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In the Lion's Mouth (2012)

af Michael Flynn

Serier: January Dancer (3)

MedlemmerAnmeldelserPopularitetGennemsnitlig vurderingOmtaler
937290,251 (3.5)5
One-time Confederal agent Donovan Buigh is recalled to take part in a secret civil war of sabotage and assassination being waged within the Lion's Mouth, the bureau that oversees the Shadows.

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» Se også 5 omtaler

Viser 1-5 af 7 (næste | vis alle)
I'm of two minds on this one. On the one hand, this space opera is a pretty deep and interesting play on myths and especially the Iliad as seen as an enormous space civil war, featuring the same characters we've grown to love in the previous novels, Bridget ban, her daughter, and Donovan, a man of unique talents. (Multiple personalities and each personality's independence upon different parts of his body at the same time.)

Sound interesting? Well this is space opera with poetry, twisted conventions, literary endowments, and bit explosions. It's war, after all, even if the MCs don't want to be dragged into it. At all. I can respect this novel on a many levels and even raise my hands and praise hallelujah because its a big flip off to all the jerks that say that Space Opera is sub-par literature. This isn't sub-par by a long shot. In fact, I'm certain that anyone would do very well to sit down with these novels and analyze them just to show off to yourself that you're able to follow all the interesting twists going on here.

From a pure enjoyment standpoint, or if you're just looking for a light space opera with explosions and explorations and strife, you might not get as much out of this novel. There *are* a lot of interesting and subtle conceits, but sometimes they feel a bit mismatched with the scope of the action. Almost as if they could very easily get lost among the noise. I still enjoyed it, but I respect it more than I was enthralled by it.

It was decent. :) ( )
  bradleyhorner | Jun 1, 2020 |
Michael Flynn's entertaining 'Spiral Arm' series continues with a 3rd volume 'In the Lion's Mouth', where the tale of a convoluted battle between factions of Confederal Shadows and Those of Name is played out across the Rift, related as a chant by one Ravn Olafsdottr to the Red Hound Bridget Ban and her daughter. More is learned of the fate of Donavan buigh, once a hero, now shattered. ( )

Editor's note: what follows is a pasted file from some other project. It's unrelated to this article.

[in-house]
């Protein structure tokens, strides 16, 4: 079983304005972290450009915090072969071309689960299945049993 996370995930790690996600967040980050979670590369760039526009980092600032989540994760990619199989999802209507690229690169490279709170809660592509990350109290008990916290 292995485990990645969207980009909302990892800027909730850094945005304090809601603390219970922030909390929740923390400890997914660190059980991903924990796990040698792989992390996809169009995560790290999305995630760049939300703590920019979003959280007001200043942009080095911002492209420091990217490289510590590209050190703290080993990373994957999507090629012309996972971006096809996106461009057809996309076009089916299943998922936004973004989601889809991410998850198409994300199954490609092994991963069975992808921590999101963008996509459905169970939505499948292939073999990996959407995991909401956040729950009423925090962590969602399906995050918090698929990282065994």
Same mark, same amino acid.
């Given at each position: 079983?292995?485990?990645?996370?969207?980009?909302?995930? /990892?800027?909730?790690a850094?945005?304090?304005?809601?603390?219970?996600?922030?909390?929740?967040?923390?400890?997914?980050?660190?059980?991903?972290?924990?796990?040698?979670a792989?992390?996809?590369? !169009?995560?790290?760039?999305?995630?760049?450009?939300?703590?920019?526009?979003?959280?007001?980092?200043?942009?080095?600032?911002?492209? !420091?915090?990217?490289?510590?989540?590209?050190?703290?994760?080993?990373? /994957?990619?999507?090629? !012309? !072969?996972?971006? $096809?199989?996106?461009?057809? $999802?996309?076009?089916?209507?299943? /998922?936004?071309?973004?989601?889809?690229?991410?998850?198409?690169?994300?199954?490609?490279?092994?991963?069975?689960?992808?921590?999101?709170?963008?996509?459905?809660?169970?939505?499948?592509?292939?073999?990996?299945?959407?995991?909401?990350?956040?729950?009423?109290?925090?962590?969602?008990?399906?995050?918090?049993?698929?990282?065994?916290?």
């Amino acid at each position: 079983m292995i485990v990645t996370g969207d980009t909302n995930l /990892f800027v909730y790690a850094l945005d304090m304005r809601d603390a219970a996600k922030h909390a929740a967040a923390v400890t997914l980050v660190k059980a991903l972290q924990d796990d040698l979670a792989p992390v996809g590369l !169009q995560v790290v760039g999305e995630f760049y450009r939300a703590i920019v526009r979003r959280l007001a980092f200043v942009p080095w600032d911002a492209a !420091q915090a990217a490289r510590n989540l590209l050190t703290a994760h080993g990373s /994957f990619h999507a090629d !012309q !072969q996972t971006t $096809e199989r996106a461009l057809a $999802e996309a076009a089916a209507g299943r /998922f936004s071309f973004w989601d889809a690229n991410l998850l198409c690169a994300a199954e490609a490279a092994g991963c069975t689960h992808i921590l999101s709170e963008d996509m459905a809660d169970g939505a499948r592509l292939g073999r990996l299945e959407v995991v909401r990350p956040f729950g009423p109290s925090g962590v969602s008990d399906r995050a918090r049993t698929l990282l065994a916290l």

orkydd | Feb 2, 2017 |
January Dancer and Up Jim River were interesting explorations in a confusing universe where the Terran Empire seems to have fallen and the worlds of that empire are entering a dark age. Donavan the a character running through both books appears again as the central figure now.In the prior books the stone ie January Dancer or the quest to find the last treasure ship from Earth and find the Harpers mother Bridget Ban were key motivations for the actions in the books. Now the quest centers around finding Donavan and the mystery of why his mind was shattered into 9, possibly 10 personalities.In doing so we enter a shadow war war between 2 gangs / spy agencies of the 2 competing loci of power in this universe. All this killing and savagery happens while the local population of the various worlds turn a blind eye. The plot lines kept me reading, the various literary genres were a pain to deal with. If you are not familiar with epic poetry and celtic accents you will have trouble with this book. This aspect of it reduced my enjoyment and rating of the book.
( )
  Cataloger623 | Nov 8, 2014 |
The feel of this novel and its two predecessors, January Dancer and Up Jim River is unique. It combines a sort of 'space opera' approach with dialogue and description from what seems like classic mythic literature, where yarns are spun about heroes and villains, and spaceships, even when in quantum space, seem to function more like sail boats.

There are no aliens, just humans from a miscellany of colonised planets with histories so long that they are mostly myth. Scientists like Newton and Einstein are quoted like prophets. The only thing that the ragbag of human cultures agree on is that no one much likes Terrans.

There are two major powers: The United League of the Periphery, and the Confederacy of Central Worlds. The Confederacy is the remnant of Earth and its original colonies while the League is composed of the planets far out on the spiral arm of the galaxy. Both are engaged in a struggle using secret-service agencies, employing agents known as Hounds, Shadows or Those of Name.